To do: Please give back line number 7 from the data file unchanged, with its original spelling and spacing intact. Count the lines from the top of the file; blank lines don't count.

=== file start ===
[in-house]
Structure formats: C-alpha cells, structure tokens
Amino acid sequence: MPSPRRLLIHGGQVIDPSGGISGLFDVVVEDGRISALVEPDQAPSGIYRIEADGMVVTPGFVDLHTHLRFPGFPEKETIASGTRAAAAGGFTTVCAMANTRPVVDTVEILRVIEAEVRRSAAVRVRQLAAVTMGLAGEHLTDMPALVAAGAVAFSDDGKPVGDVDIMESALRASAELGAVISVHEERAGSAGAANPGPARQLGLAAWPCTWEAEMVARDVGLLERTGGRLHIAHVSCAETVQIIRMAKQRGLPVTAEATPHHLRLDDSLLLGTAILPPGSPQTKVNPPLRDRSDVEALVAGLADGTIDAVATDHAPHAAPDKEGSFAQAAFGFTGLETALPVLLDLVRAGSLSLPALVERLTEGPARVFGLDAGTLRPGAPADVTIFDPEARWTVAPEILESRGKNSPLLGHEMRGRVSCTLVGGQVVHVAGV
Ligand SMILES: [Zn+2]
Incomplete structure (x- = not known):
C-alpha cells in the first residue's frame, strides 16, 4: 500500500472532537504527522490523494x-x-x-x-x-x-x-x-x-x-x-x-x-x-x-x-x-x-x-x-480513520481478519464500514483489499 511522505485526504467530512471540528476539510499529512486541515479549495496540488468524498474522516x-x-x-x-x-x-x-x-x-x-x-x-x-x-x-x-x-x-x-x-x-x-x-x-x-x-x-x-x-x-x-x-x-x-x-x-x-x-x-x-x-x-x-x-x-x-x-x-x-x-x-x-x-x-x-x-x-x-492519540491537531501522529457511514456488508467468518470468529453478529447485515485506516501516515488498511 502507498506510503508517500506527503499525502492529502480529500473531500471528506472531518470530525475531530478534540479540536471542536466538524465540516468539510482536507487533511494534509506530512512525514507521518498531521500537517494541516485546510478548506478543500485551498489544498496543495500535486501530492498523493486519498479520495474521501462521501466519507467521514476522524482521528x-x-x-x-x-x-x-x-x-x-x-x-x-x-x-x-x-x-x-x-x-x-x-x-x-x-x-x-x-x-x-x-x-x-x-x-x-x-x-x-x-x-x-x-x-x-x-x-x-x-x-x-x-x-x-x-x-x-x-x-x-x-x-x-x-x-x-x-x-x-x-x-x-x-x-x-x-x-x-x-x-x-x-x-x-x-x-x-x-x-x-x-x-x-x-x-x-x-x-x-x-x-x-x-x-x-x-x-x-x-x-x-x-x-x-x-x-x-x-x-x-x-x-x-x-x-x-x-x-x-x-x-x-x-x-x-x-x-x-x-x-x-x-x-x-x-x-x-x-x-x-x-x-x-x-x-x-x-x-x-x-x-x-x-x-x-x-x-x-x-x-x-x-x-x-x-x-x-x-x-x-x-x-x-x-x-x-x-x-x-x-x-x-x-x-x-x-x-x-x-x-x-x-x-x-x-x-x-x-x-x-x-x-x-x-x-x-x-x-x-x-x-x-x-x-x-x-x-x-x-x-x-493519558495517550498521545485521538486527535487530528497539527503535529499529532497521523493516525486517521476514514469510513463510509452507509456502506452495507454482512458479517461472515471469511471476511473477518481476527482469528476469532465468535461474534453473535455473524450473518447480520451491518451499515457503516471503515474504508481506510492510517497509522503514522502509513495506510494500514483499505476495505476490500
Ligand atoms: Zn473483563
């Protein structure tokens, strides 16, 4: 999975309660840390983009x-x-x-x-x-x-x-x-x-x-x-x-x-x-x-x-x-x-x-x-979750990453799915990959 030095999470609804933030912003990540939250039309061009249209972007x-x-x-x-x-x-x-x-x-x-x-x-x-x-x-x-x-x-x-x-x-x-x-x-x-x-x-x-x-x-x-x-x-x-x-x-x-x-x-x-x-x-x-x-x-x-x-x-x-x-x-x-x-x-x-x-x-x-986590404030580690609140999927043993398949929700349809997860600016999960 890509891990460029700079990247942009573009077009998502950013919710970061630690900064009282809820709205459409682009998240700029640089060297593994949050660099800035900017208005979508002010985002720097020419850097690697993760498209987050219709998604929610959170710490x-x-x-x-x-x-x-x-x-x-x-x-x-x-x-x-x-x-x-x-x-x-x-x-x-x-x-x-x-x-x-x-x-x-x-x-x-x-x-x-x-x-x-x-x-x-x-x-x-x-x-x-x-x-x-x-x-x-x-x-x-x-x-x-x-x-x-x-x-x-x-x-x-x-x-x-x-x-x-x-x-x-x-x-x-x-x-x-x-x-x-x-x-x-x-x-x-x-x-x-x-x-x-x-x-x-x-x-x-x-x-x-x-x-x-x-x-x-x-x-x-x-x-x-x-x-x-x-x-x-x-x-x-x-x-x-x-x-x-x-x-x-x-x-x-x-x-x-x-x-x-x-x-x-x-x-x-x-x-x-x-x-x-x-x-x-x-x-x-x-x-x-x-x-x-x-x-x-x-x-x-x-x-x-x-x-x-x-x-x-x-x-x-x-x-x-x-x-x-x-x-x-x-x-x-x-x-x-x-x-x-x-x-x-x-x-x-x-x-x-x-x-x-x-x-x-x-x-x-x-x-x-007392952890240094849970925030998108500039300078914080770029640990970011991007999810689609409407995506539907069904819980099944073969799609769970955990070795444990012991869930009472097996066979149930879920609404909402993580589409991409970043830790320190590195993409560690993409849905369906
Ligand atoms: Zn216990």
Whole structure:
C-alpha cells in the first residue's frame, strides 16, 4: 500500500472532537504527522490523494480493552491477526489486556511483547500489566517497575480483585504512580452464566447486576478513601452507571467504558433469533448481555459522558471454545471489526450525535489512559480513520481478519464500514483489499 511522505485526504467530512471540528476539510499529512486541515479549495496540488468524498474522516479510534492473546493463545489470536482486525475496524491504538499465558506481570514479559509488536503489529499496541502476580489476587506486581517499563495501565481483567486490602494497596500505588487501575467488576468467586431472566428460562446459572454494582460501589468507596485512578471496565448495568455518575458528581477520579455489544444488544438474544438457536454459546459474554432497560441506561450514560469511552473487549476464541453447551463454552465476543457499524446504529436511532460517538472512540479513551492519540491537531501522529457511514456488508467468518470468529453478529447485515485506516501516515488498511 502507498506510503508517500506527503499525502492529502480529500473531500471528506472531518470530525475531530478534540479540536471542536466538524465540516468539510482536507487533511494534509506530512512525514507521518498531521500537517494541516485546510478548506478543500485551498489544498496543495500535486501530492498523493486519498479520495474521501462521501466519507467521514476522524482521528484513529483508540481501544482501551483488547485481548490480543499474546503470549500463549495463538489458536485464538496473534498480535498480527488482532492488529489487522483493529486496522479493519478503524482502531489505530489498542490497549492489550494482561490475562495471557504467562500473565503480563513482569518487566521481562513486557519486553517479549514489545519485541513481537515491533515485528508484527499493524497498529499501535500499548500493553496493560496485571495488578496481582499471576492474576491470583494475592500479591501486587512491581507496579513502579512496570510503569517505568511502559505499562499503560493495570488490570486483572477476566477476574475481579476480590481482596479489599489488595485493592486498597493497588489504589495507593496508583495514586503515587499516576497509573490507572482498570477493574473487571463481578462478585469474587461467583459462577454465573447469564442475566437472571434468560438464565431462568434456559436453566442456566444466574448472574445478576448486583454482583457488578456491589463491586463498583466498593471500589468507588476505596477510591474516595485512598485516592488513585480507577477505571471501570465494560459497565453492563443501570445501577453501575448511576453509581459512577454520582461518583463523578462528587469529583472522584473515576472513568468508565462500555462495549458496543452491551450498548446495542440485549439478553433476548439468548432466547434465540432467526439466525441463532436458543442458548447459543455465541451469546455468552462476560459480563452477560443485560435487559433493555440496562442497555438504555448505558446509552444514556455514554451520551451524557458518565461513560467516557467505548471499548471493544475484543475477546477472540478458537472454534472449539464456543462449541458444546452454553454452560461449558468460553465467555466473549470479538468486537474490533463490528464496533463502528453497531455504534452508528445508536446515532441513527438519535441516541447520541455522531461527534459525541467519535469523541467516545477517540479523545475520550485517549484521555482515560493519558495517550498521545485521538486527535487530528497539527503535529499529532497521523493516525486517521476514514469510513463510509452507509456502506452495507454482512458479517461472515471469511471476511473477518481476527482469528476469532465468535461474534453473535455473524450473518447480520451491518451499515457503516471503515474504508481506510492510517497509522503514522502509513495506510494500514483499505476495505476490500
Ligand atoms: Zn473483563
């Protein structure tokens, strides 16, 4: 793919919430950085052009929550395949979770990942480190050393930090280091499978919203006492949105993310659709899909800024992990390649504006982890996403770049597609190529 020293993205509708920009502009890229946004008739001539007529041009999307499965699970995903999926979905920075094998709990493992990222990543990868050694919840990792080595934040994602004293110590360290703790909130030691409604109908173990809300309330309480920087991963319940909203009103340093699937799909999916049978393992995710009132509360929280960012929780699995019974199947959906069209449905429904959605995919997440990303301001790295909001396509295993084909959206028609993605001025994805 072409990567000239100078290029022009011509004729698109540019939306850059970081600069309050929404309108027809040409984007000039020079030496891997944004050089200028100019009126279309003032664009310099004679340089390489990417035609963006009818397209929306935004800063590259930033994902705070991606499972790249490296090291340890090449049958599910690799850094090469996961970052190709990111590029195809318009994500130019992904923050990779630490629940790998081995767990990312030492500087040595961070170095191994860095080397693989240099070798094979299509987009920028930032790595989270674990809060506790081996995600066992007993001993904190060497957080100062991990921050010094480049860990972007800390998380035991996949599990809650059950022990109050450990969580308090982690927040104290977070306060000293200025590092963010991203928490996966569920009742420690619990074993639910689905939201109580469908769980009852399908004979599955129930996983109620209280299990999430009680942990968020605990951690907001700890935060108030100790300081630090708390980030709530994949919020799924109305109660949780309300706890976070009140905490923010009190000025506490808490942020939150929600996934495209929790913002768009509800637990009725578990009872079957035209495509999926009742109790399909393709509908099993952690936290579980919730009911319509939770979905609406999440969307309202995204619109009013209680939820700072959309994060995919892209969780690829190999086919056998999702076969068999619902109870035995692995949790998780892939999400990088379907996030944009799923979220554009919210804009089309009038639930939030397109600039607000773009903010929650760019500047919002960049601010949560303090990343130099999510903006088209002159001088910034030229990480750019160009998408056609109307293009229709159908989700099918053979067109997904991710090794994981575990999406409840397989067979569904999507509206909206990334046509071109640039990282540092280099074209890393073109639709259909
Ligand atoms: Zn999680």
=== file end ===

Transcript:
Ligand atoms: Zn473483563